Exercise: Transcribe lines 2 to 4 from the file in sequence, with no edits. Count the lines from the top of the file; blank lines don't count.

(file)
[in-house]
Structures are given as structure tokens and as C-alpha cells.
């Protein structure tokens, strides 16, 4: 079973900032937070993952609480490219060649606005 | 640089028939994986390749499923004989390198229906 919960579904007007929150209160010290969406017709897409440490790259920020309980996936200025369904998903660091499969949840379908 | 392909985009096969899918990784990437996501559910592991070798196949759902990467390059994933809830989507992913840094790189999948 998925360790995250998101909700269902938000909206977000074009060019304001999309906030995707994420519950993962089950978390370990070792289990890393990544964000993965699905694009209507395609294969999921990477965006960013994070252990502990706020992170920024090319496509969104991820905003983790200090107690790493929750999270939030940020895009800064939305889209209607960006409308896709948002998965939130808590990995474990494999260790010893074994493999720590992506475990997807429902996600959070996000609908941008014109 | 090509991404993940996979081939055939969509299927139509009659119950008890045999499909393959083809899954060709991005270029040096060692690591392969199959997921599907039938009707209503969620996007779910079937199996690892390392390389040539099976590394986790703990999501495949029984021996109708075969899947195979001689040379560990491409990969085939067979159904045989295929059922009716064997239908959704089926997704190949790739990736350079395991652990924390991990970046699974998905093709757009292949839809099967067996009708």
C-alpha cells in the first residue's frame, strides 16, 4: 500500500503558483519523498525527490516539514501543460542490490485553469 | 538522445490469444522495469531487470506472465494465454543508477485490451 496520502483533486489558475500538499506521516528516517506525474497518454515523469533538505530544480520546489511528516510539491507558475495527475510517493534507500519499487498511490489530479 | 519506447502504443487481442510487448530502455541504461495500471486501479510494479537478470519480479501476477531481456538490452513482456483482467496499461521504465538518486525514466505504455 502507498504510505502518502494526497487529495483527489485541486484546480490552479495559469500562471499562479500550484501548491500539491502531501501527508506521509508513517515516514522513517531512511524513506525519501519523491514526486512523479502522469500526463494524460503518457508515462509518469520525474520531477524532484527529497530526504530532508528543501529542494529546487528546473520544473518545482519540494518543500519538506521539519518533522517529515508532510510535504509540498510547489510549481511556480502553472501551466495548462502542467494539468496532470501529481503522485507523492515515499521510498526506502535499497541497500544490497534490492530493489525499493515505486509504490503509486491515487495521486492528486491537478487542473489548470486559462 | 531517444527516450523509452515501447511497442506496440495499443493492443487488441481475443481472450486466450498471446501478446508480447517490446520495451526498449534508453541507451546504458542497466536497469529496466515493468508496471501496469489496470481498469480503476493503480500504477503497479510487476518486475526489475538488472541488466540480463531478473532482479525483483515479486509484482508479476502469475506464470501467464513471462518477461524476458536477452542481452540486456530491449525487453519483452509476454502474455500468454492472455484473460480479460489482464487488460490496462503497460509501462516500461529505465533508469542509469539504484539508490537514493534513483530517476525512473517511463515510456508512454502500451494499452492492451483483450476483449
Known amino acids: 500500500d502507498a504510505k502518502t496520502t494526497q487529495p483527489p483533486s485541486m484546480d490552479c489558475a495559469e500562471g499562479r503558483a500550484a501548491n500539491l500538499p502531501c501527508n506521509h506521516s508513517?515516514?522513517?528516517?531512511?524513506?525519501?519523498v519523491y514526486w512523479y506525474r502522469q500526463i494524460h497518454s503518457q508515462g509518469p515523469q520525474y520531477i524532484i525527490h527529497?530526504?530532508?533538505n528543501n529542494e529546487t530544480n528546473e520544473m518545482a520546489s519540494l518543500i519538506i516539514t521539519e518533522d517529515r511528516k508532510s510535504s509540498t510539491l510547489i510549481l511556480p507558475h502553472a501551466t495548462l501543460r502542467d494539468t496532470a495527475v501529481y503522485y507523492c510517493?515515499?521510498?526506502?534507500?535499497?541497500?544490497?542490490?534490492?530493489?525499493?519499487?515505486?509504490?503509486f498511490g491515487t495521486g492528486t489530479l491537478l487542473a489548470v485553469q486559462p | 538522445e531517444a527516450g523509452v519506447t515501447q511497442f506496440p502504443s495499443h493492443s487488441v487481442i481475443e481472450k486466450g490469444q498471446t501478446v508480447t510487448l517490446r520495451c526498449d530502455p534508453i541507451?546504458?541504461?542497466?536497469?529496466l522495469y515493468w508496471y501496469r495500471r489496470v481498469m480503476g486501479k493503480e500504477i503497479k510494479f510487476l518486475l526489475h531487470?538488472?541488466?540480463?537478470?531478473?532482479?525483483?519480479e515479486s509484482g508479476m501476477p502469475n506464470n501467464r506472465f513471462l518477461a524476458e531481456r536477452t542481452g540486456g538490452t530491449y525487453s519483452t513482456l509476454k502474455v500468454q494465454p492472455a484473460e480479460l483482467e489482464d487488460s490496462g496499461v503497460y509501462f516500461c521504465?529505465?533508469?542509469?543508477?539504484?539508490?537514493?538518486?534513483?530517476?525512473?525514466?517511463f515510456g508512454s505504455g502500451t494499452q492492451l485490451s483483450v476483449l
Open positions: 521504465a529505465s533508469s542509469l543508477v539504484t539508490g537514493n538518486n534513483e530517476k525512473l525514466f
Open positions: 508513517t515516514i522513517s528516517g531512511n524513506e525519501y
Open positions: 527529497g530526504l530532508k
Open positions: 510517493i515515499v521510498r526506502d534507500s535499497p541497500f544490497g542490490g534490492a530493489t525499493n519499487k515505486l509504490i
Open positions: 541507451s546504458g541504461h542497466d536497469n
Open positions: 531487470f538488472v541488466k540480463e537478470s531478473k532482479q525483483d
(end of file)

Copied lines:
Structures are given as structure tokens and as C-alpha cells.
């Protein structure tokens, strides 16, 4: 079973900032937070993952609480490219060649606005 | 640089028939994986390749499923004989390198229906 919960579904007007929150209160010290969406017709897409440490790259920020309980996936200025369904998903660091499969949840379908 | 392909985009096969899918990784990437996501559910592991070798196949759902990467390059994933809830989507992913840094790189999948 998925360790995250998101909700269902938000909206977000074009060019304001999309906030995707994420519950993962089950978390370990070792289990890393990544964000993965699905694009209507395609294969999921990477965006960013994070252990502990706020992170920024090319496509969104991820905003983790200090107690790493929750999270939030940020895009800064939305889209209607960006409308896709948002998965939130808590990995474990494999260790010893074994493999720590992506475990997807429902996600959070996000609908941008014109 | 090509991404993940996979081939055939969509299927139509009659119950008890045999499909393959083809899954060709991005270029040096060692690591392969199959997921599907039938009707209503969620996007779910079937199996690892390392390389040539099976590394986790703990999501495949029984021996109708075969899947195979001689040379560990491409990969085939067979159904045989295929059922009716064997239908959704089926997704190949790739990736350079395991652990924390991990970046699974998905093709757009292949839809099967067996009708």
C-alpha cells in the first residue's frame, strides 16, 4: 500500500503558483519523498525527490516539514501543460542490490485553469 | 538522445490469444522495469531487470506472465494465454543508477485490451 496520502483533486489558475500538499506521516528516517506525474497518454515523469533538505530544480520546489511528516510539491507558475495527475510517493534507500519499487498511490489530479 | 519506447502504443487481442510487448530502455541504461495500471486501479510494479537478470519480479501476477531481456538490452513482456483482467496499461521504465538518486525514466505504455 502507498504510505502518502494526497487529495483527489485541486484546480490552479495559469500562471499562479500550484501548491500539491502531501501527508506521509508513517515516514522513517531512511524513506525519501519523491514526486512523479502522469500526463494524460503518457508515462509518469520525474520531477524532484527529497530526504530532508528543501529542494529546487528546473520544473518545482519540494518543500519538506521539519518533522517529515508532510510535504509540498510547489510549481511556480502553472501551466495548462502542467494539468496532470501529481503522485507523492515515499521510498526506502535499497541497500544490497534490492530493489525499493515505486509504490503509486491515487495521486492528486491537478487542473489548470486559462 | 531517444527516450523509452515501447511497442506496440495499443493492443487488441481475443481472450486466450498471446501478446508480447517490446520495451526498449534508453541507451546504458542497466536497469529496466515493468508496471501496469489496470481498469480503476493503480500504477503497479510487476518486475526489475538488472541488466540480463531478473532482479525483483515479486509484482508479476502469475506464470501467464513471462518477461524476458536477452542481452540486456530491449525487453519483452509476454502474455500468454492472455484473460480479460489482464487488460490496462503497460509501462516500461529505465533508469542509469539504484539508490537514493534513483530517476525512473517511463515510456508512454502500451494499452492492451483483450476483449